Planting large trees near power lines can cause years of conflict between homeowners and Utility Service providers over issues such as maintaining power supply, aesthetics, safety and tree health. For safety reasons and to minimize power supply disruptions, Utility providers are obligated to keep power lines clear of growth within 10' of the line, both below the line and side to side. When planting trees under a power line, the ultimate height at maturity should be 16' or less; trees planted near power lines should have a mature height of 25' or less. The following is an outline of a variety of options, but is by no means an exhaustive list. In selecting the option that is right for your location, be sure to consider its cultural needs in addition to its mature height, such as hardiness, sun/shade preference, water needs, soil preference and tolerances.
In addition to small deciduous trees, you can also consider small conifers, large shrubs and pendulous or weeping cultivars that do not have a strong dominant leader, as they can be staked up to the appropriate height and left to ramble. If desired, some large shrubs can be trained to resemble small trees.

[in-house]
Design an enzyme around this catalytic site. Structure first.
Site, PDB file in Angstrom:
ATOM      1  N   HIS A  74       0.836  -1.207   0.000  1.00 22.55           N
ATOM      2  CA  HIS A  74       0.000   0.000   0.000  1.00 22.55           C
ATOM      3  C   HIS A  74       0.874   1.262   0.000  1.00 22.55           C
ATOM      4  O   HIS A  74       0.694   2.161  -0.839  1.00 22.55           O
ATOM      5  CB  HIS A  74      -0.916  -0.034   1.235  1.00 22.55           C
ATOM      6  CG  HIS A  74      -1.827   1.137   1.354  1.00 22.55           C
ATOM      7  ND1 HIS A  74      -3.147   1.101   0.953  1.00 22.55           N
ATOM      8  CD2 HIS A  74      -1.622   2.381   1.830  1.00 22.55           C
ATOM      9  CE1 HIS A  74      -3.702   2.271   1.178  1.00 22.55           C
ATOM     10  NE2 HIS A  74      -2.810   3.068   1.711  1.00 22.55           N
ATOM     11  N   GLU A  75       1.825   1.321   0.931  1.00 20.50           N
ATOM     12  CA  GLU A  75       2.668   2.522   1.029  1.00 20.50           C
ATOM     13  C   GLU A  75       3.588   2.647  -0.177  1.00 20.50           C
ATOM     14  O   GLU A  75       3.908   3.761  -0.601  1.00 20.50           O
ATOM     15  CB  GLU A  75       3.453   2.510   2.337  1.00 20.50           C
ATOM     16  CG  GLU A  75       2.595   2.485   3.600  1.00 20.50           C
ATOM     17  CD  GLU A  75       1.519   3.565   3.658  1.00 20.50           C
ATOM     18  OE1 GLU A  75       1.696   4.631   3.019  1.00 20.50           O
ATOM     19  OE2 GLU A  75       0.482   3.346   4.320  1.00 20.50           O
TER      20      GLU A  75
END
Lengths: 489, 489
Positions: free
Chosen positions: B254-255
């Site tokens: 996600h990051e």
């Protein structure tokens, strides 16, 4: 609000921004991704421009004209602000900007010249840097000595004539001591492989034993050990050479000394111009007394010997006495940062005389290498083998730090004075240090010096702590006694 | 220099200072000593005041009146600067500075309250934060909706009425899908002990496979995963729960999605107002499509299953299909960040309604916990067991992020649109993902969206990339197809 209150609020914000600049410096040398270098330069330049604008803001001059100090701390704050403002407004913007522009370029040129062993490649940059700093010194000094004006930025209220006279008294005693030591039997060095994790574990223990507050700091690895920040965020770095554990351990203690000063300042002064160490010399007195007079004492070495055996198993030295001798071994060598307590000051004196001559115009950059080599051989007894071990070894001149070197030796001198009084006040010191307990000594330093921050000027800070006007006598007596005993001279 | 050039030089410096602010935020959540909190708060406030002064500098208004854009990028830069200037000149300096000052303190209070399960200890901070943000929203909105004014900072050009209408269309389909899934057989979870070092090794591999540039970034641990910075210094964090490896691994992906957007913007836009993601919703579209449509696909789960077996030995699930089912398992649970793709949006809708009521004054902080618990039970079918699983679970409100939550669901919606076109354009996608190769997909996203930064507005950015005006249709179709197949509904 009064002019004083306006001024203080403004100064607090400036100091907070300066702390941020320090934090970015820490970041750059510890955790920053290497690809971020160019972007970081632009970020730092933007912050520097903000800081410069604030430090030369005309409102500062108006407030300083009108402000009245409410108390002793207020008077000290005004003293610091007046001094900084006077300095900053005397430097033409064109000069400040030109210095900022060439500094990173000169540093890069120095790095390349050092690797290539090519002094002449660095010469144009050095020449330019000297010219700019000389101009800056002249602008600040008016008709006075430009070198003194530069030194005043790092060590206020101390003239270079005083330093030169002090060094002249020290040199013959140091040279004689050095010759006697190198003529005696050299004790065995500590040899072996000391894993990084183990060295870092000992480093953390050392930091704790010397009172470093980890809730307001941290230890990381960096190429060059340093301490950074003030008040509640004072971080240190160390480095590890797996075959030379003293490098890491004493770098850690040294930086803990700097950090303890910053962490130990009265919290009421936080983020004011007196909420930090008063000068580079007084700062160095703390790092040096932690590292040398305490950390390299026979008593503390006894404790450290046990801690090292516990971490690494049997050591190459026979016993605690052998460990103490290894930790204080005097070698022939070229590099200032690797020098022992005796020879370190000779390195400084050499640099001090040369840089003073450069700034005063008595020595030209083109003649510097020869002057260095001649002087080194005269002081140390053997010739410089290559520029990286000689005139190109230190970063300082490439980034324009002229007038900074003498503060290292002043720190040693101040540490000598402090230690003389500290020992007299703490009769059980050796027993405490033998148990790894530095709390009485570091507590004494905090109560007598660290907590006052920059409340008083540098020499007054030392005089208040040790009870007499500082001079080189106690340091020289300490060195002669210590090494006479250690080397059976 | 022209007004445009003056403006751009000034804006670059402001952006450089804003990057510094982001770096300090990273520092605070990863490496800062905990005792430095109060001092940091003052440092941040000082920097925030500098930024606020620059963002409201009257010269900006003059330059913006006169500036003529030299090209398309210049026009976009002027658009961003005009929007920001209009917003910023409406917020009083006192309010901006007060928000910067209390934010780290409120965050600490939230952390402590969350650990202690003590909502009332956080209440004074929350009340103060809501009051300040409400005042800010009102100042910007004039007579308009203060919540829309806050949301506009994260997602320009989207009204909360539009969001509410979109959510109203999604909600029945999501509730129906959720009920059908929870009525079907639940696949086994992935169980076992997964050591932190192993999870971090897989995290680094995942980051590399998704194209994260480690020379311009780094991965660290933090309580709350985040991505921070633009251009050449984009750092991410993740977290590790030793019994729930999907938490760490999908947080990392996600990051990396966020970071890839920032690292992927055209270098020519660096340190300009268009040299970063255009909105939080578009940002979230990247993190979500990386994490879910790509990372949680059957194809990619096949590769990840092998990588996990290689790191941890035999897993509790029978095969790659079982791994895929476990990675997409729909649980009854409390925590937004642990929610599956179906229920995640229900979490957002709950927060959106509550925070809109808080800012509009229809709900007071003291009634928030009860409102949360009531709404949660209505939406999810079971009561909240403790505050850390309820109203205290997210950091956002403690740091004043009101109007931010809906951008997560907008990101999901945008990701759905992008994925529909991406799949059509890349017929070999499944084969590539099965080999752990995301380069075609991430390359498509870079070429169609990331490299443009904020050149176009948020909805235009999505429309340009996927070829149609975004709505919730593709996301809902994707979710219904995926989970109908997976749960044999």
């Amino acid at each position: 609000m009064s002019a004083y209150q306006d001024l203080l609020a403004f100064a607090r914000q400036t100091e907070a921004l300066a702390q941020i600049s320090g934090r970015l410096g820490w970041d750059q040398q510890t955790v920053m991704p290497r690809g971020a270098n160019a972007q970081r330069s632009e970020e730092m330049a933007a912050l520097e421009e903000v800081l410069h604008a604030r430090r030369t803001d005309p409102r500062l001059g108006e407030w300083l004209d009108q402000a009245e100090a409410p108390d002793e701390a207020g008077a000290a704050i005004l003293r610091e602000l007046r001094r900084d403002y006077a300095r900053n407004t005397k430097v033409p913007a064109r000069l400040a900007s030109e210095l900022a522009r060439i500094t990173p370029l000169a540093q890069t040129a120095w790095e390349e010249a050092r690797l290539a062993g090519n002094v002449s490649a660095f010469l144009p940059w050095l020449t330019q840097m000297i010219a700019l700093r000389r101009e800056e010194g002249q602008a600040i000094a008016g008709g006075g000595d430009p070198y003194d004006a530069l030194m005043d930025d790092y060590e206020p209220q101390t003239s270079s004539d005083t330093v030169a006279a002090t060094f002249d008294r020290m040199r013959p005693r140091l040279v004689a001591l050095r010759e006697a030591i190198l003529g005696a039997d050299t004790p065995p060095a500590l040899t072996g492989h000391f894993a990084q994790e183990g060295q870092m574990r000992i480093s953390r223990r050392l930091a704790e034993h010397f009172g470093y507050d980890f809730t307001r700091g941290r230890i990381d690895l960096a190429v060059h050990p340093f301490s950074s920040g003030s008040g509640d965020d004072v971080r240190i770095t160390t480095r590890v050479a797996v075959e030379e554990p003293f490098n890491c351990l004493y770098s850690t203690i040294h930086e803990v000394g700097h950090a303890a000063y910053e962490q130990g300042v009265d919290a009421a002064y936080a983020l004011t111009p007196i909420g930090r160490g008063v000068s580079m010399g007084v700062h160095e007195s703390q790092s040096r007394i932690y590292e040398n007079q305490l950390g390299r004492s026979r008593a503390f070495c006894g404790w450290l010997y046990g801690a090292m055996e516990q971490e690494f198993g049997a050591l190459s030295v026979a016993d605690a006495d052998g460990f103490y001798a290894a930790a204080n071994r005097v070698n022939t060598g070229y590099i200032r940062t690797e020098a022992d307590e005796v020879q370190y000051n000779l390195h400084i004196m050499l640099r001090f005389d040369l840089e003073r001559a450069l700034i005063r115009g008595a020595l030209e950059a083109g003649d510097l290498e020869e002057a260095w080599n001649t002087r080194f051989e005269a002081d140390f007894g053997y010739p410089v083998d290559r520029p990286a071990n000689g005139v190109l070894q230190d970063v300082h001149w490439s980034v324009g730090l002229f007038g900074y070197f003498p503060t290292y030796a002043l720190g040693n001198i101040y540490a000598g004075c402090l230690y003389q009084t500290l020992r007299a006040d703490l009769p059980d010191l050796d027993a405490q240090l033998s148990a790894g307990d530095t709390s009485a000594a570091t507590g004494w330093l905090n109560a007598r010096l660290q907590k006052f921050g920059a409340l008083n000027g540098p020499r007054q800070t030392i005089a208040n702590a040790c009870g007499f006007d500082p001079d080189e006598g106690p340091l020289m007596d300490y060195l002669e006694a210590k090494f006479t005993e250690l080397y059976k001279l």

One final tip, be careful of the word 'dwarf' as it can be meaningless. ‘Dwarf’ is applied to any cultivar that is shorter in height than the parent it was derived from; it is not a determination that assures it will remain small.
Thanks to Michael A. Dirr's, Manual of Woody Landscape Plants for technical information.
Rocky Mountain Power has a booklet titled Small Trees for Small Places, by Randall Miller. It includes input from some great Utah Tree people, including Dick Hildreth and Dr. Mike Kuhns. It was created for use in multiple states, so be careful to look at hardiness zones for your area. To request your copy or to view on-line, go to http://www.rockymountainpower.net/ed.html and click on ‘tree planting and pruning’.